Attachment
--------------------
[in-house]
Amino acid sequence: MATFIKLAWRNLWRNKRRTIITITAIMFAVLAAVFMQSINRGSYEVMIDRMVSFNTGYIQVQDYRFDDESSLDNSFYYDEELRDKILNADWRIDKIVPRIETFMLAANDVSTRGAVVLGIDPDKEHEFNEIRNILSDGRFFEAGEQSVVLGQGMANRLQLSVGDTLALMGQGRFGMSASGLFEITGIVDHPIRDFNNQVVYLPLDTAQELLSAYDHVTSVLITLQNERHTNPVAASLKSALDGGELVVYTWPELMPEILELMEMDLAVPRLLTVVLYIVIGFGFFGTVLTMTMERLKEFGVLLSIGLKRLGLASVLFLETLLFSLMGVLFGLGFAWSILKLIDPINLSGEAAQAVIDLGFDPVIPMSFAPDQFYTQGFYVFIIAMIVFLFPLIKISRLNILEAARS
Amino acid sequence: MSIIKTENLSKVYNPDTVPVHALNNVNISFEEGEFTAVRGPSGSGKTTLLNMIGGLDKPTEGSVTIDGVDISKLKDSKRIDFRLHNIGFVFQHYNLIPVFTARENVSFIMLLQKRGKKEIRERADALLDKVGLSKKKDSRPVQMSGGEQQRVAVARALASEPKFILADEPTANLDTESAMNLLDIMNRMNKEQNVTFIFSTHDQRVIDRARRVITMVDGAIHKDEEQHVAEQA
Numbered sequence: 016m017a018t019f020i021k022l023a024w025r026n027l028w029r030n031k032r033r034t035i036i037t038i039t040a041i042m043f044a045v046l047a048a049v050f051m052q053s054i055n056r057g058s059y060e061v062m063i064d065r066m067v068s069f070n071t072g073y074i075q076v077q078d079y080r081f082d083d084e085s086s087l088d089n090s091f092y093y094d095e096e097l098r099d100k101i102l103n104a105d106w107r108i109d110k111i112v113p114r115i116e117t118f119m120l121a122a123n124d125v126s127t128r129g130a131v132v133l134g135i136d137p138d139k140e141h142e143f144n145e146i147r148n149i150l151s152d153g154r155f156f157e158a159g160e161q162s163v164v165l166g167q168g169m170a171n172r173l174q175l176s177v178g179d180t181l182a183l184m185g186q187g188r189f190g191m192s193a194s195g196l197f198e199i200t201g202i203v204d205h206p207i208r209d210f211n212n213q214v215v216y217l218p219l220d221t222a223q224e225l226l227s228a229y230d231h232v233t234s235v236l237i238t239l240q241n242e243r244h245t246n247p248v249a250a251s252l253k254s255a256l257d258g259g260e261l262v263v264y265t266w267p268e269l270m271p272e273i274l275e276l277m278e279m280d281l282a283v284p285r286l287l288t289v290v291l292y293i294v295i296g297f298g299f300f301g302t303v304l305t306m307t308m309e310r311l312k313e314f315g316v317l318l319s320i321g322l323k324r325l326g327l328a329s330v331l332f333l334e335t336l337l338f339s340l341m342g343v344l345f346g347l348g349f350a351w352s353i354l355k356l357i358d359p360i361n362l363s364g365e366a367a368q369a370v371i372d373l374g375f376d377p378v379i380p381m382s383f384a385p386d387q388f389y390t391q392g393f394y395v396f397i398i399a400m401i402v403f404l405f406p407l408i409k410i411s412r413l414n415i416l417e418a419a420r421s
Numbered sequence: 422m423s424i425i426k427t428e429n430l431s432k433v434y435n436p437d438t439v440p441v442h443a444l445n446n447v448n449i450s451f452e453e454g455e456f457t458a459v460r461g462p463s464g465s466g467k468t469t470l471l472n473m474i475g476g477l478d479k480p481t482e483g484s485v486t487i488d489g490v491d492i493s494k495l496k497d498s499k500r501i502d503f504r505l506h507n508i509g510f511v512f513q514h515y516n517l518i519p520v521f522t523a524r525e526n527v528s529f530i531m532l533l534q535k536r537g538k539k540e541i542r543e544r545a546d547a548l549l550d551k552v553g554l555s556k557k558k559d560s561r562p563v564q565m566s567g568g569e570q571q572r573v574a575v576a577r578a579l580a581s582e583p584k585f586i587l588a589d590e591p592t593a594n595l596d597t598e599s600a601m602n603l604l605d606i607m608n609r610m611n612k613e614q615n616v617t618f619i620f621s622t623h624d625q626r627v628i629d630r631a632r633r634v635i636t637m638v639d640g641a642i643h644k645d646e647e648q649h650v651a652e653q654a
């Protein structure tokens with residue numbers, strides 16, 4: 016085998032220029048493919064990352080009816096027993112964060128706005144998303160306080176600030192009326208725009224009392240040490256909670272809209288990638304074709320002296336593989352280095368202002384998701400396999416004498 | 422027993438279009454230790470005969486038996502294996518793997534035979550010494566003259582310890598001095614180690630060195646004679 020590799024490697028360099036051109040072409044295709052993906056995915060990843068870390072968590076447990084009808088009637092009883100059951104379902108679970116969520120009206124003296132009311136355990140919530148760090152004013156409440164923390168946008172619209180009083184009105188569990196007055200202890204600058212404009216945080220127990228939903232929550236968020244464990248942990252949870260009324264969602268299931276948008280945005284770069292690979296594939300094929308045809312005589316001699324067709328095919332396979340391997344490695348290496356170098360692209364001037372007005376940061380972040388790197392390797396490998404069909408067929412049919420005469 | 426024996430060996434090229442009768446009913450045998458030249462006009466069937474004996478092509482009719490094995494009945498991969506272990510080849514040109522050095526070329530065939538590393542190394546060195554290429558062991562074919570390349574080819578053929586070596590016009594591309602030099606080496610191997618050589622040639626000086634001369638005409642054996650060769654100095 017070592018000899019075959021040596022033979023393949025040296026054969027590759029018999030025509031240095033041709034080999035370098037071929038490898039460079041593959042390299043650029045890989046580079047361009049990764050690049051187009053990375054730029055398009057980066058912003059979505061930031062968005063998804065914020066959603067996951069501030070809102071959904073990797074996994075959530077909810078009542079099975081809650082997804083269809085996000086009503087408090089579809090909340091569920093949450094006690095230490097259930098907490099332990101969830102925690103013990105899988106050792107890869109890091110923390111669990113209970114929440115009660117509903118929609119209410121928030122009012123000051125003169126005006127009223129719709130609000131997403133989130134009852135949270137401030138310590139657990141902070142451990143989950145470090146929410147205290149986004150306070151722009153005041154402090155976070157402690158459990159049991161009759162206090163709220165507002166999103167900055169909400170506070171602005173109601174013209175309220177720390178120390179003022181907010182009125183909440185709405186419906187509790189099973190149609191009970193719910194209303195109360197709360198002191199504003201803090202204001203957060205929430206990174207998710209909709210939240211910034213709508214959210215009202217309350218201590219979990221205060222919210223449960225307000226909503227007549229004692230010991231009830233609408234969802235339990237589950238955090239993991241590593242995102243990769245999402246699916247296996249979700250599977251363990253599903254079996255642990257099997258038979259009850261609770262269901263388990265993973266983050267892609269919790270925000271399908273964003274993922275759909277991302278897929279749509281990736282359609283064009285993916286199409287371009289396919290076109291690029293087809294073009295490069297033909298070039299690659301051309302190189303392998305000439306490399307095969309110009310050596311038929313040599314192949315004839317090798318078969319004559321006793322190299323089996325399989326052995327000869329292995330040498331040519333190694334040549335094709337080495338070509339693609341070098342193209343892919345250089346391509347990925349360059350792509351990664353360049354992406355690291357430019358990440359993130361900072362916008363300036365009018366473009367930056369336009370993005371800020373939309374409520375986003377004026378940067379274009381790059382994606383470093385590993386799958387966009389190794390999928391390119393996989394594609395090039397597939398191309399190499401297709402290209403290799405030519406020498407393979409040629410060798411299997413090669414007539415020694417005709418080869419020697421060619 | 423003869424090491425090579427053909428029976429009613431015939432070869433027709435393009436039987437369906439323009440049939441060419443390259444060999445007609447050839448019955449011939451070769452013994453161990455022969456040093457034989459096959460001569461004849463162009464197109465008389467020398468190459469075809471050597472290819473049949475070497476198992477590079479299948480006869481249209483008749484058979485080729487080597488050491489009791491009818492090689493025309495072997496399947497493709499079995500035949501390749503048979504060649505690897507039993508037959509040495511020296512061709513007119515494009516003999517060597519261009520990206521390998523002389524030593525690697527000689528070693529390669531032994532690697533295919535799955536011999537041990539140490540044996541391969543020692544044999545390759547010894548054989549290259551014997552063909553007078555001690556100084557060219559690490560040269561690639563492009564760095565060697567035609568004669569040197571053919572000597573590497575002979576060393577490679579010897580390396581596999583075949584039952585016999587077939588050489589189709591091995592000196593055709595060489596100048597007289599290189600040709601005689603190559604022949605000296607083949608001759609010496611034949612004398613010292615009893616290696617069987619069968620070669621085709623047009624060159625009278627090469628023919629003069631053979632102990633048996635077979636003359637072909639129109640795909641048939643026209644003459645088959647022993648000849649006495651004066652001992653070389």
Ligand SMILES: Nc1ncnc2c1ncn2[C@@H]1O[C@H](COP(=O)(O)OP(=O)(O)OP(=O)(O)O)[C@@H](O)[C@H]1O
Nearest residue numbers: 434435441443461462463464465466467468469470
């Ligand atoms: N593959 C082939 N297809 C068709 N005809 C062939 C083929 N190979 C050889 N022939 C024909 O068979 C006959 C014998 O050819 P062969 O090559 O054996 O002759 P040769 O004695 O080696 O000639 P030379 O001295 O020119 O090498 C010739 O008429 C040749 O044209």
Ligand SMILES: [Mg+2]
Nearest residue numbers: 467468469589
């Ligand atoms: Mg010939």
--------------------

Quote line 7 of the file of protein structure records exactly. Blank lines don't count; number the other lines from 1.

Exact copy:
Ligand SMILES: Nc1ncnc2c1ncn2[C@@H]1O[C@H](COP(=O)(O)OP(=O)(O)OP(=O)(O)O)[C@@H](O)[C@H]1O